The restaurant chain teased the commercial on Twitter earlier, showing the King mascot eating a Whopper in front of a drab background similar to the one in the famous Warhol video.
As Open Culture explains, the Warhol video comes from Danish filmmaker Jørgen Leth's film 66 Scenes from America. The Warhol sequence is the single longest sequence in the film, coming at the halfway mark. At the end, Warhol says, "My name is Andy Warhol, and I just finished eating a hamburger."
Daily Art reports that Warhol and Leth did not know each other when Leth arrived in the U.S., but was a big fan of Warhol's work. He arrived at Warhol's Factory and pitched him the idea for the scene. Warhol immediately liked the idea because he thought it would be something he would come up with himself. After all, one of Warhol's most famous works is his Campbell Soup cans.
he's here. pic.twitter.com/Bv4PUOymQx— Burger King (@BurgerKing) February 3, 2019
Warhol later went to a photo studio Leth set up. Leth had a variety of fast food laid out on the table, but Warhol was disappointed to see there was no McDonald's hamburger. Still, Warhol filmed the scene, which just shows him unpacking the Burger King burger and eating it slowly. The scene takes four minutes.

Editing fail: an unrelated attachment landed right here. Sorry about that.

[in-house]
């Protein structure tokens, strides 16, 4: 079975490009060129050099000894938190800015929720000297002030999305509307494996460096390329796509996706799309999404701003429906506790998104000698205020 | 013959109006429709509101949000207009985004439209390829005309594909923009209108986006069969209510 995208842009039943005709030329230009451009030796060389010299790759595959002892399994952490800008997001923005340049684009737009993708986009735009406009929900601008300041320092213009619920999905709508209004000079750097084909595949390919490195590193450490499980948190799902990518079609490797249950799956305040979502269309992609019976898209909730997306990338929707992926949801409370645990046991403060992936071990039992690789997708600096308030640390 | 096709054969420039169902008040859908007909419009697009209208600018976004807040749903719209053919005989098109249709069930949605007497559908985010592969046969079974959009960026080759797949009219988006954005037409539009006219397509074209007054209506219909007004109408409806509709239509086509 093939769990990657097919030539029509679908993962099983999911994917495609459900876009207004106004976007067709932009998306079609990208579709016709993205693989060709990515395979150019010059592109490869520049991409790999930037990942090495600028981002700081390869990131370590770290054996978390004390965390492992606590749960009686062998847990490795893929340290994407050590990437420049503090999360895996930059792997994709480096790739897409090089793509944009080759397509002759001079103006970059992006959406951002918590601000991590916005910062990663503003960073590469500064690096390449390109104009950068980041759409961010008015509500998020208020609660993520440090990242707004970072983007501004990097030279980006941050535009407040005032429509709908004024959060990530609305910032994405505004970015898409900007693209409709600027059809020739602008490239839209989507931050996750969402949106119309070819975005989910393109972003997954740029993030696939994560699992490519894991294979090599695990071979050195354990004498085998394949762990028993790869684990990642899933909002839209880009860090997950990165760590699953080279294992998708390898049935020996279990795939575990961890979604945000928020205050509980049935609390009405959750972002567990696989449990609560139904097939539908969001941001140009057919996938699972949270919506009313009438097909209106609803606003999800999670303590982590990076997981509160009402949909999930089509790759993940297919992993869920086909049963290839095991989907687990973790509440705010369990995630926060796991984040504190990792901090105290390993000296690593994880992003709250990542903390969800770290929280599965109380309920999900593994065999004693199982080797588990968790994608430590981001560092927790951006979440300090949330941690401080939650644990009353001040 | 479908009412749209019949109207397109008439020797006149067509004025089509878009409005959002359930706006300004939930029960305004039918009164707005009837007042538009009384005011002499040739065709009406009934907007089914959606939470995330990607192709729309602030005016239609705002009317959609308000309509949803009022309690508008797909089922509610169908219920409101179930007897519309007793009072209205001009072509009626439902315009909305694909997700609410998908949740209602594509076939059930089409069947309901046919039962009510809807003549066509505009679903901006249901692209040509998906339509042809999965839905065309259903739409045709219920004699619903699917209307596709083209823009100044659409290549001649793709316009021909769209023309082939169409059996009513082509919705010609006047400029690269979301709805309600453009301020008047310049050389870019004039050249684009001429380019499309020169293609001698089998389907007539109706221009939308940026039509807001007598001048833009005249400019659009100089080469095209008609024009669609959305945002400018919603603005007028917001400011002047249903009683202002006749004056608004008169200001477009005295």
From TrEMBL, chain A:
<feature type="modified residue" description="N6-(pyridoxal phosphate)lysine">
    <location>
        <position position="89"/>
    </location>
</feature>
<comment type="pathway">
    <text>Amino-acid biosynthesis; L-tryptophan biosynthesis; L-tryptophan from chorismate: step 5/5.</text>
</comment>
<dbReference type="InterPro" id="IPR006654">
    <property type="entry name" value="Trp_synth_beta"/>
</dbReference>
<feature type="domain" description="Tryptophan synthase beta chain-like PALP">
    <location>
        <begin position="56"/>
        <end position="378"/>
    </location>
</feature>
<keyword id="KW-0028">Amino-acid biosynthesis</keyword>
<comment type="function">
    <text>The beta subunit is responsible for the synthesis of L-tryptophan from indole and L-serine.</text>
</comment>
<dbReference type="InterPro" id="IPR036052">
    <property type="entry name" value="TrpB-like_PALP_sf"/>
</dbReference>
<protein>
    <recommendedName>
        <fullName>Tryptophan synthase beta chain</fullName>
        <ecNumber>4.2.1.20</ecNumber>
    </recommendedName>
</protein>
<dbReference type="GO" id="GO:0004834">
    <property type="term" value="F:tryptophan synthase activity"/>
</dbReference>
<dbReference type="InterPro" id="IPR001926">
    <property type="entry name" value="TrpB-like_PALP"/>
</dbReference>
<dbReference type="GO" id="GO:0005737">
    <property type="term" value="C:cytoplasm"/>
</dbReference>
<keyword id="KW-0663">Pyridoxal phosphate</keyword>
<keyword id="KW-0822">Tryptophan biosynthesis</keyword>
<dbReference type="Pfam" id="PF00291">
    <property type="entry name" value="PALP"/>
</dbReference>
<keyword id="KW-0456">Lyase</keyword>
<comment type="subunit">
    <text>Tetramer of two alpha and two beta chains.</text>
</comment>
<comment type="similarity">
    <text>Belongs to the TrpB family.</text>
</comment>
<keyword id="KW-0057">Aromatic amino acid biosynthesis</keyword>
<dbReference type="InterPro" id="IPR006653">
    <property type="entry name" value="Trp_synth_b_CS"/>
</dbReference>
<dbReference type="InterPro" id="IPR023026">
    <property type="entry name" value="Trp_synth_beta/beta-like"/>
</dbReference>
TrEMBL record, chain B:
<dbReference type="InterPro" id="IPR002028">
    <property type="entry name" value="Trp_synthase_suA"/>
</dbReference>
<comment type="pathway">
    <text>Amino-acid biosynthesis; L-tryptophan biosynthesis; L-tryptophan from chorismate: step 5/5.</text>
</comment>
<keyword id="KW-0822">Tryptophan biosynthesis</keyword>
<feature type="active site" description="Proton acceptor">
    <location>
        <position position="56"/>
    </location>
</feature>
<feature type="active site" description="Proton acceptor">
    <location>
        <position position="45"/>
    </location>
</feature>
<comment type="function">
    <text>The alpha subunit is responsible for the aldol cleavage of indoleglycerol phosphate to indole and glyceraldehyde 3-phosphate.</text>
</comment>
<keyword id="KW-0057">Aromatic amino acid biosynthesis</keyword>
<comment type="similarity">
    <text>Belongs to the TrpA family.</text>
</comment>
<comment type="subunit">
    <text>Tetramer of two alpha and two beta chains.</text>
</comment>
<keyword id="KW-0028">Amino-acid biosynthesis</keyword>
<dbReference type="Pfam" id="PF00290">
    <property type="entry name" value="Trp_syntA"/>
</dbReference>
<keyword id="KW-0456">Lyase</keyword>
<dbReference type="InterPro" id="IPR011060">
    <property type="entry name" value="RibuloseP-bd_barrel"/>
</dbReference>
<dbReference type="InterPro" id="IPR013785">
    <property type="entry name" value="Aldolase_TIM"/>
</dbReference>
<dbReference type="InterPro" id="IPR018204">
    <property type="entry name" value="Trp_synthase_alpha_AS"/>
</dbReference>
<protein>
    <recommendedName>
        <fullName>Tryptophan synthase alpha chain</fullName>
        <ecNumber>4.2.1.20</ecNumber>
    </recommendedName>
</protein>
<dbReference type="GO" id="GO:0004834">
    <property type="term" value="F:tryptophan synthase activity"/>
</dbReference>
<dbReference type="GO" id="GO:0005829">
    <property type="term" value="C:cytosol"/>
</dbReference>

Burger King's commercial was not the only one with a Warhol connection, a clear testament to his continued importance in pop culture. As AdAge notes, the Coca-Cola commercial that ran before the National Anthem included a poem inspired by Warhol's 1975 book The Philosophy of Andy Warhol. In the book, Warhol wrote, "A Coke is a Coke and no amount of money can get you a better Coke than the one the bum on the corner is drinking."
Surprisingly, the Burger King commercial is the chain's first to air during a Super Bowl since 2006. The spot runs 45 seconds and while many other brands release theirs before the game, Burger King chose not to.
Warhol was born in Pittsburgh in 1928 and died in 1987 at age 58. His work showed an obsession with famous American brands and icons, from Campbell's Soup to Elizabeth Taylor and Marilyn Monroe.
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